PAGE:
customisation as shown in Figure 12.
DEVELOPING A DESIGN FRAMEWORK FOR THE MASS CUSTOMISATION
OF HOUSING IN SAUDI ARABIA 13
TABLE 1. The ten articles are analysed on the side of MC design and optimisation.
Mass
Customisation
design
Type of MC
MC tools
MC
method
Material
Software
Level of
client
involvement
Type of
article
Reference
Building a modular
model in ma ss hous ing
scale with principles in
terms of variability,
flexibility, and
prefabrication
Part
Customis atio n
Parametric
Modelling
Prefabrication
Modular
Model
Steel Fra me
Grasshopper
Choice O ptions
Conference
Gazel et al.
(2018)
Adopting the mass
custo misation of
prefabricated panels
housing
Full
Custo misat ion
Syste matic
Approach.
Prefabricated
Housing
Timber
Axioma tic
Design (AD)
Full
Involve ment
Journal
Marchesi et al.
(2017)
Parametric provides a
viable method to
produce building layout
configurations.
Part
Custo misat ion
Parametric
Modelling
Analys is of
Two Cases
Design
Optimization
Grasshopper
Layout
Variat ions
Conference
Wang et al.
(2022)
An off-site robotic
prefabrication proposal
for a modu lar home
using discrete
architectural ideas
Full
Custo misat ion
Discrete
Design.
Discrete
Aggregatio n
Tools
Composed of
Wooden
Parts
Interlocked
BIM
Full
Involve ment
Conference
Anane et al.
(2022)
Using interchangeable
elements of a fully
prefabricated system of
modular building
Full
Custo misat ion
Kit-of-part’
Syste ms
Genetic
Algorithm
Panel
Syste ms
Compos ition
of in-situ cast
concrete and
precast
elemen ts
Wallacei
Plugin
Full
Involve ment
Journal
Ma and
Ameijde
(2022)
Practical integrated
methodologies for
implementat ion in t he
OSC ind ustry,
combined with a design
framework
Part
Custo misat ion
Parametric
Modelling
Prefabrication
BIM
Choice O ptions
Journal
Bakhshi et al.
(2022)
Desig n for
Manufacture and
Assembly (DFMA)
into the design of
prefabricated buildings
Full
Custo misat ion
DFMA-
Oriented
Parametric
Design
Prefabrication
and Assembly
Method
Compos ition
of off-site
cast concrete
and precast
elemen ts
BIM
Journal
Yuan et a l.
(2018)
Standardise a product
of affordable
accommodation
projects in developing
nations has bee n
challenged
Part
Customis atio n
Analys is of
cust ome r
demand for
custo misati
on
Mixed
Customis atio
n Levels
Tradit ional
Building
Technologies
Custom Choice
Journal
Formoso et al.
(2022)
Design parametric
goods with increased
functional pe rfor mance
and cust omer
satisfaction
Part
Custo misat ion
Parame tric
Design
Prefabricated
Housing
Dialogue
Options
Book
Kolarevic and
Duarte (2019)
A BIM-based
automat ion of de sign
and drafting for
manufacturing panels
for modular buildings
Full
Custo misat ion
Modularity
Approach
Panel systems
Wood Panel
BIM
Journal
Alwisy e t al.
(2018)
The tailored customisation could provide design selection, layout choices,
finishing, materials selection, and catalogues. Tailored customisation could be
applied conventionally by a face-to-face meeting with the client or online by
14
giving options to the client, such as an open design involving, design selection,
layout choices, dialogue, finishing, materials selection, and catalogues.
Figure 11. Categories of Mass Customisation.
Figure 12. Client’s integration level of Mass Customisation.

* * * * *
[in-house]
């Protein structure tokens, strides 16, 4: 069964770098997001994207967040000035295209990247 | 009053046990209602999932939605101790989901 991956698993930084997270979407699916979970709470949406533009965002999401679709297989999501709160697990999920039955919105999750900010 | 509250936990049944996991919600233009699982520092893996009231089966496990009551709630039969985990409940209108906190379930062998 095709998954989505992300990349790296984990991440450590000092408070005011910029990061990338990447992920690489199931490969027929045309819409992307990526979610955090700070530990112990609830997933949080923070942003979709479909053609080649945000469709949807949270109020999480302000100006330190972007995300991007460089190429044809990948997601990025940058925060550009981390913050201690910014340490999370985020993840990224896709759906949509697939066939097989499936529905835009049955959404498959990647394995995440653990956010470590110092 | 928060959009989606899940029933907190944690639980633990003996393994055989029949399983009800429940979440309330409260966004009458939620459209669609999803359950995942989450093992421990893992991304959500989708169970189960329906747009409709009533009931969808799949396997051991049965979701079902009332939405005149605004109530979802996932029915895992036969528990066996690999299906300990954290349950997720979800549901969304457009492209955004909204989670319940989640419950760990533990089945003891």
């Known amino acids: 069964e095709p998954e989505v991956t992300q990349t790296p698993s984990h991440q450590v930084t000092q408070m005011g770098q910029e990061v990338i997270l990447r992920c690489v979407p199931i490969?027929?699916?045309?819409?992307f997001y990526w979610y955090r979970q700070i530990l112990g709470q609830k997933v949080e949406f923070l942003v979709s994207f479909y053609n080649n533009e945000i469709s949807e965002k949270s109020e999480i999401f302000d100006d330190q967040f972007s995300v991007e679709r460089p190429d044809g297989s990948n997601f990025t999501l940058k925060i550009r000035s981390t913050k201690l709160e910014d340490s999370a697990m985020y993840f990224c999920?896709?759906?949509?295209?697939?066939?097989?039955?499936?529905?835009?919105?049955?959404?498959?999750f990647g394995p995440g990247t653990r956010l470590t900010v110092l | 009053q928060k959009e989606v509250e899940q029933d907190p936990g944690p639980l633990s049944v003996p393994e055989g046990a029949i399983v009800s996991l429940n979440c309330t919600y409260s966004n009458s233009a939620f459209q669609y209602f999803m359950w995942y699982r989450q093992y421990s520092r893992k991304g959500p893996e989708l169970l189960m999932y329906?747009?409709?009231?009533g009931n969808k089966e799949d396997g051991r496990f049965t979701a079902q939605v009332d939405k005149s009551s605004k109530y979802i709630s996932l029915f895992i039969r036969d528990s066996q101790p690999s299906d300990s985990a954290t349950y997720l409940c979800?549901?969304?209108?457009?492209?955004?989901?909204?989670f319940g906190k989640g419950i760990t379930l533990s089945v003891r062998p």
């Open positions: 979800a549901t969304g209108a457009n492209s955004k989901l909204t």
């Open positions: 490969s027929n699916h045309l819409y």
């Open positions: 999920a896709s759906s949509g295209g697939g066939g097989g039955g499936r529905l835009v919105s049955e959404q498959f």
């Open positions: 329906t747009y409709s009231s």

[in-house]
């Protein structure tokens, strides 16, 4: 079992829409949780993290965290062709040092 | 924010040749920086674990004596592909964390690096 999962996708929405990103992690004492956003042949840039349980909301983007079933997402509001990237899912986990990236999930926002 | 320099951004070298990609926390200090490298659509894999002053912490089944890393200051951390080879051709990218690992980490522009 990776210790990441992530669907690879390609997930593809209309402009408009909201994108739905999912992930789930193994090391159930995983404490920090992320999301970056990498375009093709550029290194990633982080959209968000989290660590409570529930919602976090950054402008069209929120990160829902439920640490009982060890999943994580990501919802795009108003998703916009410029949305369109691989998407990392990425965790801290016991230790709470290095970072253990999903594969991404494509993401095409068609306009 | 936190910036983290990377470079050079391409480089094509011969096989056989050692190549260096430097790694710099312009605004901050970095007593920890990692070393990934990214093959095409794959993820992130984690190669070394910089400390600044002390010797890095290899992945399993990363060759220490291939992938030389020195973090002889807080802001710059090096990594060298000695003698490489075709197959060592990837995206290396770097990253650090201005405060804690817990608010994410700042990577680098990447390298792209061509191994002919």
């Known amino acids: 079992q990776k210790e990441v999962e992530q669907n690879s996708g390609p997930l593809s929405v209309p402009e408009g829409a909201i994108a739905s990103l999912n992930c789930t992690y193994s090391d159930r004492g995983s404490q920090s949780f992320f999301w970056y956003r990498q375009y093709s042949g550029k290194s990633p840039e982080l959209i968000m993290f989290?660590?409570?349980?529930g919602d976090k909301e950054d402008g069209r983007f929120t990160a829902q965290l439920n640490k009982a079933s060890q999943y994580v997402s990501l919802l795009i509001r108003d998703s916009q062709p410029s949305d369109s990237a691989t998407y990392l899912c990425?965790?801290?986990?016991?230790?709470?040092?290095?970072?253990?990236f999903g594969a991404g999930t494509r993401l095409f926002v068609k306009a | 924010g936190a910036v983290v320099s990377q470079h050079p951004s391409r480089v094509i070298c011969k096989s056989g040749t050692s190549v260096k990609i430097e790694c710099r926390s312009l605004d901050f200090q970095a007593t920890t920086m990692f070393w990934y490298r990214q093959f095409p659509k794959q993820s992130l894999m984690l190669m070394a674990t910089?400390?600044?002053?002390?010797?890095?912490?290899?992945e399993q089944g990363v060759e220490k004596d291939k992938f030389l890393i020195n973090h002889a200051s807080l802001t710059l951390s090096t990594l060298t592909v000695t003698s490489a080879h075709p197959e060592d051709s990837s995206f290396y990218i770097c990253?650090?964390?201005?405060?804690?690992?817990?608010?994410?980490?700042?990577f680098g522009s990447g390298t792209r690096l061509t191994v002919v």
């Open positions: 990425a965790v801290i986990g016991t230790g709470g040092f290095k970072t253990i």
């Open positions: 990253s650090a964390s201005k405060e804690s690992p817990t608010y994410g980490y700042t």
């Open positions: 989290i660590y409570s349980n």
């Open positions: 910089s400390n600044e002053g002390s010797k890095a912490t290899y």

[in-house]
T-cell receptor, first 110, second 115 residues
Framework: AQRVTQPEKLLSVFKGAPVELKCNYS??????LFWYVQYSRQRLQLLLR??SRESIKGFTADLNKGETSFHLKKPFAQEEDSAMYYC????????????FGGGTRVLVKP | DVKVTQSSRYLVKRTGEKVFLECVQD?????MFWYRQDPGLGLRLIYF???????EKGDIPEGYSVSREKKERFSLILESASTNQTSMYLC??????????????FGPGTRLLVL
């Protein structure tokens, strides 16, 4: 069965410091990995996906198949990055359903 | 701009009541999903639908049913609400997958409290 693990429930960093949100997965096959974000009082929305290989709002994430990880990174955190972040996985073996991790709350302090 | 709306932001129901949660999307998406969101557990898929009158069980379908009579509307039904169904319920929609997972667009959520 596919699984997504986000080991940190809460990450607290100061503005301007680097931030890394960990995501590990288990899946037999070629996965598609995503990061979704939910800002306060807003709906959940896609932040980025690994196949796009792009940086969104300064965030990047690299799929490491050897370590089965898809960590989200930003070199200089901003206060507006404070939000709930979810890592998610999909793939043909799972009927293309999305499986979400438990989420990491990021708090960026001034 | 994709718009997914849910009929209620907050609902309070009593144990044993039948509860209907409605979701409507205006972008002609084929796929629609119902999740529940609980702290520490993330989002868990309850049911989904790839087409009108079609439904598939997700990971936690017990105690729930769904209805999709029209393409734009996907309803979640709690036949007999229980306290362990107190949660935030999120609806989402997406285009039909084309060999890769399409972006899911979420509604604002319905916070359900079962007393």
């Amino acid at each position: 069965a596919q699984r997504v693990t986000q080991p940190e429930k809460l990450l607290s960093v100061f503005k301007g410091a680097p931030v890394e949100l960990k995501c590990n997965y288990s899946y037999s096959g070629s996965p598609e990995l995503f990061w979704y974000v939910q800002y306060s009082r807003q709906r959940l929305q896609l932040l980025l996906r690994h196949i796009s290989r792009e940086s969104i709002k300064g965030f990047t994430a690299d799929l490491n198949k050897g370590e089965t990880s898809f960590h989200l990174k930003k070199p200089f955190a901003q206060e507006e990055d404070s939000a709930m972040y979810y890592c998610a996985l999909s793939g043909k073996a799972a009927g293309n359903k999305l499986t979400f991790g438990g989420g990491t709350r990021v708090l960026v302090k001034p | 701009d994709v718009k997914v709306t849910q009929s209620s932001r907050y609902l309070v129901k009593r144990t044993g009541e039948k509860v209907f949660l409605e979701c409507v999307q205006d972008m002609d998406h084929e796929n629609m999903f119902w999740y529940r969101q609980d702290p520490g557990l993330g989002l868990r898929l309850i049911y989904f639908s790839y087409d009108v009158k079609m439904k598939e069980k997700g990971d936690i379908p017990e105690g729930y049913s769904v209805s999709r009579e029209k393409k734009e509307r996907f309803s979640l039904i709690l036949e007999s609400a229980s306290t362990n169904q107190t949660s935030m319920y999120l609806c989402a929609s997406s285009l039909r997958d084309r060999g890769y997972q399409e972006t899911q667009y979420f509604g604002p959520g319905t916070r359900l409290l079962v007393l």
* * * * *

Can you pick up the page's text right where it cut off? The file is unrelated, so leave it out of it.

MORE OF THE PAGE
6. Conclusion
Looking at our findings one can see that MC was difficult to achieve up to
recent years, as it was implemented by conventional methods which are
inefficient due to the required time for data processing and labour. However,
emerging tools and techniques such as data clouds, smartphones, parametric
design and digital fabrication have enabled new possibilities. Client
involvement may occur even in preliminary design stages via internet
browsers or phone applications. Furthermore, there is a plethora of websites
and design communities where designers exchange their knowledge, designs,
DEVELOPING A DESIGN FRAMEWORK FOR THE MASS CUSTOMISATION
OF HOUSING IN SAUDI ARABIA 15
and scripts. In this regard, Hippel (2005) argues that clients who design can
develop precisely what they desire, instead of depending on producers to
function as their (sometimes very inadequate) agents. Furthermore, among the
most effective ways of achieving MC is the use of parametric tools. Kolarevic
(2015) suggests that a mass customisable house should be parametrically
specified, interactively planned (through a website or an app), and digitally
built, employing file-to-factory procedures in order to achieve real
personalisation. Another factor for the success of MC is that decision-makers
such as government policymakers and stakeholders need to be included in the
process (Gazel et al., 2018).
Figure 13. A proposed methodology for MC.
Combining the structural system with the spatial system of a house
through parametrisation is an efficient way to obtain and optimise MC
production. There were numerous implementations of MC in the last decade,
which did not engage with layout and structural systems but only allowed
client involvement on exterior applications and finishing materials. As a
consequence of our analysis, we identified the need for a novel file-to-
fabrication framework utilising parametric tools and responding to the
stakeholders' needs and allowing their involvement to participate creatively in
the design process. Consequently, we propose a novel, parametric MC method
as shown in Figure 13. It allows the involvement of both designer and client
via an interactive interface linked to floor plans, room sizes, elevations and
courtyards. All data will become available to the designer via a data cloud,
thus he can start the design process. The interaction will continue in all design
and construction phases.
16